[JURIST] A judge for the US District Court for the Middle District of Tennessee [official website] ruled [opinion, PDF] Friday that Tennessee must recognize the out-of-state marriages of three same-sex couples while they pursue a lawsuit attempting to overturn the state’s ban. Article XI Section 18 of Tennessee’s constitution [text, PDF], also known as the Anti-Recognition Law, prohibits the state from recognizing any out-of-state marriage other than a union between one man and one woman. The three same-sex couples sought an injunction against the Anti-Recognition Law pending the final outcome in the case. Judge Aleta Trauger granted the injunction, explaining that recent case law on same-sex marriage indicates that the couples will likely win on the merits:
First, the nature of a preliminary injunction remedy is just that–preliminary. It is not a final judgment on the merits of a case. Instead, it preliminarily enjoins a party (here, effectively, the State of Tennessee) from engaging in a particular action until the court can rule on the merits of the plaintiffs’ claims at a later stage, typically with the benefit of more evidence and legal authority. In making its decision, the court must decide, among other things, whether the plaintiffs are likely to prevail on the merits of their claims, not that they have prevailed or that they necessarily will prevail on their claims. … Currently, all relevant federal authority indicates that the plaintiffs in this case are indeed likely to prevail on their claims that the Anti-Recognition Law [is] unconstitutional.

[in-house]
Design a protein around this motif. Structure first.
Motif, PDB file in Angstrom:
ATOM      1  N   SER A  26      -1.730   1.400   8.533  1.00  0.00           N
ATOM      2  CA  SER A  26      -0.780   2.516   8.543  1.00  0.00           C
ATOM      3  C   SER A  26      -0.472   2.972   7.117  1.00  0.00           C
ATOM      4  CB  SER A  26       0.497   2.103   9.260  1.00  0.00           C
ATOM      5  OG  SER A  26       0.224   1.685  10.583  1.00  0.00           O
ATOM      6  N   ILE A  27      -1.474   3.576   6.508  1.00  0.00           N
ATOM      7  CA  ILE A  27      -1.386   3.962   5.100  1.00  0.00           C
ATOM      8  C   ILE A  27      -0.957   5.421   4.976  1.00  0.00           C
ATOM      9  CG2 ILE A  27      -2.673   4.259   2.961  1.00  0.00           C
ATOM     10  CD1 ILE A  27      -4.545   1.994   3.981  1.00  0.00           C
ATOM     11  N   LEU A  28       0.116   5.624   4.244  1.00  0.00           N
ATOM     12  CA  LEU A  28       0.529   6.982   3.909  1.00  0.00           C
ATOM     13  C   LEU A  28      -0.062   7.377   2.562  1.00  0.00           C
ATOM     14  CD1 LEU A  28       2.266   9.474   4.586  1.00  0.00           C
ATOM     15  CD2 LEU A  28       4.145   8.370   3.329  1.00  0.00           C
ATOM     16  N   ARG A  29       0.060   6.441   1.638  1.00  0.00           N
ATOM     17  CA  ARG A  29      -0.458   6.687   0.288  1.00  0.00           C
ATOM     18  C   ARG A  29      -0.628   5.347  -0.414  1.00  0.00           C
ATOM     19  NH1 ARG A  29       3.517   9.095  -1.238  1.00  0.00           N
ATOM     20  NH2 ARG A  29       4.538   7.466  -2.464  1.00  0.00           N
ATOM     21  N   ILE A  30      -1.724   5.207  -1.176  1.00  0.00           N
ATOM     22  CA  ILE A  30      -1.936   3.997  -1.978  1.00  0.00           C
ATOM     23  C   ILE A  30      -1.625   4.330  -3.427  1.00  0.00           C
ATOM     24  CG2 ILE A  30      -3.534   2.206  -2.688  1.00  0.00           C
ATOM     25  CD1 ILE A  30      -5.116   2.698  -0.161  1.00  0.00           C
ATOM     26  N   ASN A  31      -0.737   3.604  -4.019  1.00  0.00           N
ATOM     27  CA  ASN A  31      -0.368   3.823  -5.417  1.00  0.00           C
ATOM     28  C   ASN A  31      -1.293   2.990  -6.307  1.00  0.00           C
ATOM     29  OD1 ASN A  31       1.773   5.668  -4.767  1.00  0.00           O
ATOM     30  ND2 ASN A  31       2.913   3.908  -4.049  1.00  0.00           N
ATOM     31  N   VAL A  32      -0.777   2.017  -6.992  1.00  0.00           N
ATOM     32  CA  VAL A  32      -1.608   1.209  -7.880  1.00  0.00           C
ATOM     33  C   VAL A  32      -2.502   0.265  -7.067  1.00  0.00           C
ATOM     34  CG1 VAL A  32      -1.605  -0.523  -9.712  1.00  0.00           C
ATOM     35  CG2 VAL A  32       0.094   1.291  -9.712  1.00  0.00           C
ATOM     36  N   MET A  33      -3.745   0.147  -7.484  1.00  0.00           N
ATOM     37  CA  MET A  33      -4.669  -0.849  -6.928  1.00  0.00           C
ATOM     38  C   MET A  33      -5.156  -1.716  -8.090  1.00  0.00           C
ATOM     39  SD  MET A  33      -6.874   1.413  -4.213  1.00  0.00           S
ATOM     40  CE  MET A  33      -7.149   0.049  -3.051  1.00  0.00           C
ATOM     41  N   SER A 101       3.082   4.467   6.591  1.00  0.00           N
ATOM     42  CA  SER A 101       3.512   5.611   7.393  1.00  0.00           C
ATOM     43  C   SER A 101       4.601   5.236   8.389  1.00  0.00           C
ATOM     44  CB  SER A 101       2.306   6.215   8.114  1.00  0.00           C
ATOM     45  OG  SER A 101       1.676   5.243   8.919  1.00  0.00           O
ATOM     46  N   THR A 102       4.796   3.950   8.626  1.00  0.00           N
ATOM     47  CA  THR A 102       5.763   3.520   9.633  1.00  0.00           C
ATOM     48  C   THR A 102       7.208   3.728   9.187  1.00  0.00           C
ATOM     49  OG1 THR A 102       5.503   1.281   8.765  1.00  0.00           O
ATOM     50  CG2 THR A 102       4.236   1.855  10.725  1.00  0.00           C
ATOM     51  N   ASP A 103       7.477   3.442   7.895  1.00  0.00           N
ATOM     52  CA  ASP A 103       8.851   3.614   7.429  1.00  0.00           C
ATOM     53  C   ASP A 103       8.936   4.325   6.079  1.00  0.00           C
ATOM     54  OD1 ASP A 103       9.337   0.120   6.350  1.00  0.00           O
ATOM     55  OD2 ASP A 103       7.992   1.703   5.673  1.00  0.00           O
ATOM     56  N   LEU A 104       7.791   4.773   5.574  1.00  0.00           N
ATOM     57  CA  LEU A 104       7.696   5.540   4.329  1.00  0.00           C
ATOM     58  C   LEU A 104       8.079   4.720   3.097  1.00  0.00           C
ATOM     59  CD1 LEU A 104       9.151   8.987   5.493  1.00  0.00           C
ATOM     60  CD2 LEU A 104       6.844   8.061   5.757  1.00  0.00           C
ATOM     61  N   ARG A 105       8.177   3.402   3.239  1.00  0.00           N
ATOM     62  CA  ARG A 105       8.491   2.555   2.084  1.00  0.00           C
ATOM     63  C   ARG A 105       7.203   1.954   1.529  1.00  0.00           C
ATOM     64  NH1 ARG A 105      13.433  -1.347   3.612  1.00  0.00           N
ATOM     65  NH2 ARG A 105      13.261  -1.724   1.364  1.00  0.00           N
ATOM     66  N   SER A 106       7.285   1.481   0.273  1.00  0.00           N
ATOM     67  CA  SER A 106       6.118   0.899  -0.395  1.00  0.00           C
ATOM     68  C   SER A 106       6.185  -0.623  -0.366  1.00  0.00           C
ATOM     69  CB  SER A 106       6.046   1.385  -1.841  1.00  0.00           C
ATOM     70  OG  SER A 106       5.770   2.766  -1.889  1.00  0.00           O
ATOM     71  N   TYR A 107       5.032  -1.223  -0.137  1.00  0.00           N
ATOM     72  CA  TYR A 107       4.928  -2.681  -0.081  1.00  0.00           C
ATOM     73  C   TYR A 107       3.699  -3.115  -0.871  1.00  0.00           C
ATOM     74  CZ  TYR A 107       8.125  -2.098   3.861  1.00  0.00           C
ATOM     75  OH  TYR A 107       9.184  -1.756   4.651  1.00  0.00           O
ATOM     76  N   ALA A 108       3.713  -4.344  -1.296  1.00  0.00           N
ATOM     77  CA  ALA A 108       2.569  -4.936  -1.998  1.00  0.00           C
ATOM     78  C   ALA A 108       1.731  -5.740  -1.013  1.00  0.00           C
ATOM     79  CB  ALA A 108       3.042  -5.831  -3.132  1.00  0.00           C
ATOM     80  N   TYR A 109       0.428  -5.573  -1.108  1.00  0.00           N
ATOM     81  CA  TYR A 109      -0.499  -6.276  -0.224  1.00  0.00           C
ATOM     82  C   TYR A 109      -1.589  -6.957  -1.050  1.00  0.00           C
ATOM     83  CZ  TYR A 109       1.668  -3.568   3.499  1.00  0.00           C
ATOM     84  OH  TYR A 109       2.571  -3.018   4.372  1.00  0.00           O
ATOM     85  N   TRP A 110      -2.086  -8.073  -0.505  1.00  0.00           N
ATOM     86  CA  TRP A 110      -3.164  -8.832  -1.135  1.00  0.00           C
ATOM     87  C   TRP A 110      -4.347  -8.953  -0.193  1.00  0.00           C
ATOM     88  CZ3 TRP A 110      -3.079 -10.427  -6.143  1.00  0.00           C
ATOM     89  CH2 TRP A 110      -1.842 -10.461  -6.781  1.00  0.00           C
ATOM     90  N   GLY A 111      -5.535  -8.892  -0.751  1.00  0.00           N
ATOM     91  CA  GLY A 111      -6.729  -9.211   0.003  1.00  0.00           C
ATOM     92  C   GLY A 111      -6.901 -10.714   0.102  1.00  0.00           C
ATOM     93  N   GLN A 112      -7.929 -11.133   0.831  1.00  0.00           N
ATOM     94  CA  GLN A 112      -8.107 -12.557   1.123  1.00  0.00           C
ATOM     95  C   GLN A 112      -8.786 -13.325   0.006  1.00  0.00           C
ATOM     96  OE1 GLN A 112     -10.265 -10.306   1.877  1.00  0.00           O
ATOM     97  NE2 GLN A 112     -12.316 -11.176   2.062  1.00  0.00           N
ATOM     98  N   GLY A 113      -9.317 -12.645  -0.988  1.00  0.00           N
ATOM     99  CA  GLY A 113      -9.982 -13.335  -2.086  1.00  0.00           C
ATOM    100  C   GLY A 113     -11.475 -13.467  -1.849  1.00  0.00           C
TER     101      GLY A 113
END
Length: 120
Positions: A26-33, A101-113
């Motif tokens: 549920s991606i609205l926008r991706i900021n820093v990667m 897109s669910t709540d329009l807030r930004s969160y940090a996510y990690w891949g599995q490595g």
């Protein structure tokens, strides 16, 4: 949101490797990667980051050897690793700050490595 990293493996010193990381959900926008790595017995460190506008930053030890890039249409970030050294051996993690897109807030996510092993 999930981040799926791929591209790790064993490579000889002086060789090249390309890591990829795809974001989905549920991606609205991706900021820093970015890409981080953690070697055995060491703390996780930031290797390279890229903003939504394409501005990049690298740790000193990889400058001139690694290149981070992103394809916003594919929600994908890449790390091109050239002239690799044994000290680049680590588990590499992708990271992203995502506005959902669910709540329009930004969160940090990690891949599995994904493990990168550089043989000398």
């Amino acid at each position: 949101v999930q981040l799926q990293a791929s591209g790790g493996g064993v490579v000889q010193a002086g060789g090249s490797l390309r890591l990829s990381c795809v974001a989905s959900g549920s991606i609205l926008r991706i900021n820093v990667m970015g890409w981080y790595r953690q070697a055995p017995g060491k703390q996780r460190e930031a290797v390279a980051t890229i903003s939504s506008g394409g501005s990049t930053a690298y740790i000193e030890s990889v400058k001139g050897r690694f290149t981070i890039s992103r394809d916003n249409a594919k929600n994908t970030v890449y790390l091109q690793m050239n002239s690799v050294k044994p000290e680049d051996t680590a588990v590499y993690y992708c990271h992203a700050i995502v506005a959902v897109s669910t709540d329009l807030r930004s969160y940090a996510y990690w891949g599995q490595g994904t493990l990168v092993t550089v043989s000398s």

It is unclear when Trauger will issue a final decision.
This is the latest episode in the ongoing controversy regarding same-sex marriage [JURIST backgrounder]. On Thursday the American Civil Liberties Union (ACLU) [advocacy website] filed a lawsuit [JURIST report] challenging Florida’s refusal to recognize out-of-state same-sex marriages. Last week four Indiana same-sex couples filed suit [JURIST report] against the state in the US District Court for the Southern District of Indiana [official website] seeking to strike down the state’s Defense of Marriage Act as unconstitutional. In the same week four same-sex couples filed a lawsuit [JURIST report] in Wyoming state court challenging the constitutionality of the state’s restriction of marriage to one man and one woman. Also in March a judge for the US District Court for the Western District of Wisconsin [official website] refused to block [JURIST report] the state’s ban on same-sex marriage pending outcome of a trial.